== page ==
Brazil is a country of magnificent carnivals, beautiful beaches, but this South American paradise has a lot more to offer than tourist attractions.
Here’s a guide of the best cities to visit in Brazil that is not Rio de Janeiro
A UNESCO World Heritage town and a marvelous example of metropolitan development.
Brazil’s futuristic capital is a true treasure of architectural surprises, with lots of green open areas and big parks.
If you’re going to the Amazon, you’ll probably pass through Manaus, and this city in the rainforest is deserving a stop.
The city’s most popular building is its colorful opera house, Teatro Amazonas.
Also be sure to take a boat out to the Meeting of Waters, where the black waters of the Rio Negro run alongside the pale Amazon for several kilometers without ever mixing.
Located in the north of Brazil, nature lovers will find the city very beautiful thanks to its lush vegetation and rich wildlife.
Fortaleza has long sandy beaches and excellent weather which makes it an increasingly attractive destination for tourists.
Famous for its marvelous sand dunes and local forro music, this peaceful northeastern Brazilian city offers gorgeous beaches and pretty turquoise-blue waters, nightlife, and even a sand-buggy adventure journeys. It’s a safe, sunny city and, most importantly, the getaway to the incredible Rio Grande do Norte, the region with the cleanest air in the world, after Antarctica (according to NASA).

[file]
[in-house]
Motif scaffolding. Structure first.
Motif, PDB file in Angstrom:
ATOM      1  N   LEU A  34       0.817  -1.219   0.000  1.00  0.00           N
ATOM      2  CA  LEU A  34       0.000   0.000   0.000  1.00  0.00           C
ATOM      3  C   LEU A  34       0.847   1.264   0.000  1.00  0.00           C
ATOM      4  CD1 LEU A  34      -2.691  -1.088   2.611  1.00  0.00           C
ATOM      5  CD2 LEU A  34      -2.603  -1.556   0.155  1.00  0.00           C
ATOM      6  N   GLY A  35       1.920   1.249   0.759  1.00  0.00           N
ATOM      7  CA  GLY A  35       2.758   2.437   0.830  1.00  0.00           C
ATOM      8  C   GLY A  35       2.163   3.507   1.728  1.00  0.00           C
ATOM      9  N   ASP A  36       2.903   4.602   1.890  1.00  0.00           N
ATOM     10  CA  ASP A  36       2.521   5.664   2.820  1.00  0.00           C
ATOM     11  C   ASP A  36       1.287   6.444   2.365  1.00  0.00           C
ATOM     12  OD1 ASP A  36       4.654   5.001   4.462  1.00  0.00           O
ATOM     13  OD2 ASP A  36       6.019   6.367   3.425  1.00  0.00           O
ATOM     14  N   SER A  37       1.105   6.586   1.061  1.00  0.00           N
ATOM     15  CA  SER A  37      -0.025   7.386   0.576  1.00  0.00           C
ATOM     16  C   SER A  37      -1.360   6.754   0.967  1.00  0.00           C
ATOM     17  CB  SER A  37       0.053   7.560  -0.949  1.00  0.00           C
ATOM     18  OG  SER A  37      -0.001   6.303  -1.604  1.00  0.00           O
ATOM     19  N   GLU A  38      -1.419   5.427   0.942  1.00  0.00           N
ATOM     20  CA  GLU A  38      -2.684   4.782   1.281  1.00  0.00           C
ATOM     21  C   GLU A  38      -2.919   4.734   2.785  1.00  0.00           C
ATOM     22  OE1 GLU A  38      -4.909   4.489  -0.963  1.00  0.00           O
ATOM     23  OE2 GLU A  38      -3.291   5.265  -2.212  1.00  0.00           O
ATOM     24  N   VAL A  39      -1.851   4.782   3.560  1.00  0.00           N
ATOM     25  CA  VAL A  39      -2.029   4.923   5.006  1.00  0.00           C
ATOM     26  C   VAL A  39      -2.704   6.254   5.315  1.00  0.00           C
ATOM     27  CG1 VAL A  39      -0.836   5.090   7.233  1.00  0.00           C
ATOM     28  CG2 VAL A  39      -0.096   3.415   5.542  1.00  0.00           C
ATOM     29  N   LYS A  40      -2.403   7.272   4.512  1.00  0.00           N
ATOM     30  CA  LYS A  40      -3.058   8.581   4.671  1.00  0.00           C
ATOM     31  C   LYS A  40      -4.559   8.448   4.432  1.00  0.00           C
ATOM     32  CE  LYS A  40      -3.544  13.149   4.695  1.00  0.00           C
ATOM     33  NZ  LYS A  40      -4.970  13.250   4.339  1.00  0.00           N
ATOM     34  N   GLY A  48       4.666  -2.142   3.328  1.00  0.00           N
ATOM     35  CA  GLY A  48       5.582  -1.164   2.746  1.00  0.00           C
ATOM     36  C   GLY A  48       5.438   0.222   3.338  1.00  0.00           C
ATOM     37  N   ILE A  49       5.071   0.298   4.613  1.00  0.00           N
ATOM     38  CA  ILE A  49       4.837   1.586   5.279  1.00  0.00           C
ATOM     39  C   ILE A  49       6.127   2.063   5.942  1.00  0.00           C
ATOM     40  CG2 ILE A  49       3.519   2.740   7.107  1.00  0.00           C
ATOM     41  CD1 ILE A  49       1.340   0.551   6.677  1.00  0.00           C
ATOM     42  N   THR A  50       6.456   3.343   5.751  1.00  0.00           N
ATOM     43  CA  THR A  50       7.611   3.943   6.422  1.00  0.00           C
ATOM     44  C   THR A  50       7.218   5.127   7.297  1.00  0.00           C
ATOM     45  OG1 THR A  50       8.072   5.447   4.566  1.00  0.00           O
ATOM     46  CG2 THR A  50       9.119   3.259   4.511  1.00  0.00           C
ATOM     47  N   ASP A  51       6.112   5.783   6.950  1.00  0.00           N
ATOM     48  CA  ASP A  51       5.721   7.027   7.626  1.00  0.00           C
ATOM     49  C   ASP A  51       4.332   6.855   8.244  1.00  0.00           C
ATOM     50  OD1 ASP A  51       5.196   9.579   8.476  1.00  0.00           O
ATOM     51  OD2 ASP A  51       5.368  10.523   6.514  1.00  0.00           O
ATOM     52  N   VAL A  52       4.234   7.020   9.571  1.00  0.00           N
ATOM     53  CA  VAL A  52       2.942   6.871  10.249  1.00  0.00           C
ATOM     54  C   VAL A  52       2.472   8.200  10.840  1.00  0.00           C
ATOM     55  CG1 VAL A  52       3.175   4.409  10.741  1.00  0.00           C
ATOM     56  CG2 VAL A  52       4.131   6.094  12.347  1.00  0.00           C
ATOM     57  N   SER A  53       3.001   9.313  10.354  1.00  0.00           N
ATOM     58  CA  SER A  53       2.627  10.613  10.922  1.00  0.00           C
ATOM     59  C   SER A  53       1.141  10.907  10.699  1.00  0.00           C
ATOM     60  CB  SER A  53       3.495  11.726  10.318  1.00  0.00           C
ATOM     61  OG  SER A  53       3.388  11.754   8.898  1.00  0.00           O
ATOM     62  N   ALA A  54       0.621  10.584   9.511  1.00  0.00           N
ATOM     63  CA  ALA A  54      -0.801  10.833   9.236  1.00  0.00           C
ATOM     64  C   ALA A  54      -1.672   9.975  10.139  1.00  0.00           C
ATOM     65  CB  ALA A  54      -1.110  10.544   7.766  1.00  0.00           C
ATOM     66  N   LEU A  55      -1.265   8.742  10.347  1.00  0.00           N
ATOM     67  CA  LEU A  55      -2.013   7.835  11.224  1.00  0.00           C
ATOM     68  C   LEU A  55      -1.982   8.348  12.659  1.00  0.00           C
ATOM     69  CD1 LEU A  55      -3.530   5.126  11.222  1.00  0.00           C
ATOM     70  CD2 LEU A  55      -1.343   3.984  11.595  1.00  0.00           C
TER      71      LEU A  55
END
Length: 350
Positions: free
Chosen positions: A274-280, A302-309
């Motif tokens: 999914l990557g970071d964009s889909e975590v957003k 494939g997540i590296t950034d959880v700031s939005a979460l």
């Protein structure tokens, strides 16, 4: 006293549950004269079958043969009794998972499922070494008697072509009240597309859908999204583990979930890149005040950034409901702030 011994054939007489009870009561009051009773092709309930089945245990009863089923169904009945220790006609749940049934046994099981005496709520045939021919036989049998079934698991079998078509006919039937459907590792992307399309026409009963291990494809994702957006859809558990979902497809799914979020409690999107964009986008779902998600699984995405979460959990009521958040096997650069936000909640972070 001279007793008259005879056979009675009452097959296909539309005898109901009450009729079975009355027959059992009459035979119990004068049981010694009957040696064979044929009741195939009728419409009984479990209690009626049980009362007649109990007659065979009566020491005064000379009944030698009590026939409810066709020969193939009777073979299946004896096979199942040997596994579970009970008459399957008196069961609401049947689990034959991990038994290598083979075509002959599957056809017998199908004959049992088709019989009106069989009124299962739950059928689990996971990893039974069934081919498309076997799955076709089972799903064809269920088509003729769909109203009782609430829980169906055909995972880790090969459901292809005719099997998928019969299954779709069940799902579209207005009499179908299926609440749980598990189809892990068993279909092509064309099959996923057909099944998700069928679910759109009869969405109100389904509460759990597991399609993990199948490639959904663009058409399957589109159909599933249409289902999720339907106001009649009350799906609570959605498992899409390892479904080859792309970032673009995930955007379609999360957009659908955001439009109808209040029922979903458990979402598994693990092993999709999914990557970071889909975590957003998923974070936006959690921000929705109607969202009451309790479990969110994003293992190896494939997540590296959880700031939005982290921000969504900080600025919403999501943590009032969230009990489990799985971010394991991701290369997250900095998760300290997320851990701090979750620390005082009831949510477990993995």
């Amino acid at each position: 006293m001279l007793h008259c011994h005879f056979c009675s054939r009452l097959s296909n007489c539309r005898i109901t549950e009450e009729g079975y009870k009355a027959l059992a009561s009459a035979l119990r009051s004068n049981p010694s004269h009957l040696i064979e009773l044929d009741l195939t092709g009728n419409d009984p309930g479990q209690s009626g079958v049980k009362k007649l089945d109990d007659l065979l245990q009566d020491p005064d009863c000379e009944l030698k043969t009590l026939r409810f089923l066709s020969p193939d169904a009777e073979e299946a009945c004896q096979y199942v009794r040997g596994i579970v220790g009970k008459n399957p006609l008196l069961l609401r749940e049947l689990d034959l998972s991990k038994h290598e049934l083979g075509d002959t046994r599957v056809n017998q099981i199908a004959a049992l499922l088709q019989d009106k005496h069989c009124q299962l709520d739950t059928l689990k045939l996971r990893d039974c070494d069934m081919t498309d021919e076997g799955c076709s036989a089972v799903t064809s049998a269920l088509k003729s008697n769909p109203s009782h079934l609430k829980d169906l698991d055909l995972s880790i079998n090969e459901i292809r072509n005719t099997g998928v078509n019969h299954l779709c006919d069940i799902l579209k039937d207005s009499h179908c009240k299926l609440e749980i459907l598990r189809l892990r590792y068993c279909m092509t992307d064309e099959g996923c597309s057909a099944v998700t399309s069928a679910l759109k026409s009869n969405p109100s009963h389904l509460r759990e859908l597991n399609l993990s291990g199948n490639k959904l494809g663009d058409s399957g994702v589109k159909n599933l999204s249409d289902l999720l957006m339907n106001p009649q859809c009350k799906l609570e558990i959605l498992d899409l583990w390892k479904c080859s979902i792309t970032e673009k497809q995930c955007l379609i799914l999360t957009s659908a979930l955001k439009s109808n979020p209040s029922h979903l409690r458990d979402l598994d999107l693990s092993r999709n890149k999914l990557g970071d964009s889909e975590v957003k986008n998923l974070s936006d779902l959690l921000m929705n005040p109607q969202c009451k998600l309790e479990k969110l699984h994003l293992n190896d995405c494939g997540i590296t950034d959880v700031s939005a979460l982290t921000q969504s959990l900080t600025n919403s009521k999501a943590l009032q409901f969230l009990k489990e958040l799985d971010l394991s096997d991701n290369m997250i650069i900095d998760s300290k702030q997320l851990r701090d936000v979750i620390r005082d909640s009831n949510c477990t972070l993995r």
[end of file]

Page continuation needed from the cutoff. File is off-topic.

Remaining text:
Salvador da Bahia
Salvador is a wonderful example of outstanding colonial architecture, delicious Bahian food, and colorful Afro-Brazilian culture. It is one of the prettiest, liveliest, and most exciting cities in Brazil, and a wonderful destination to combine music, beaches, and culture into a one-of-a-kind experience.
This UNESCO listed old town (Pelourinho) has charming cobbled streets, with gold-paved churches and pretty, old buildings hosting boutiques, restaurants, and live music venues.
Cuiaba is the home of the country's wildest and most sensational landscapes. It lies at the crossroads of three of the nations most astonishing biospheres: Pantanal – the planet’s greatest tropical wetland, Cerrado de Chapada dos Guimarães with its panoramic scenery and river basins, and the Amazon.
Although Cuiaba it’s not only about wilderness spotting, riverboat journeys, and adventurous tours, it’s a place with a rich culture, indigenous cuisine, and fantastic history.
Porto Alegre is one of the country’s best cities for culture travels.
Historic neighborhoods such as Cidade Baixa come alive after dark, embracing all who wish to experience the good vibes.
Porto Alegre is no doubt Brazil’s most European town, and the Portuguese influence here is alive, especially in the local cuisine.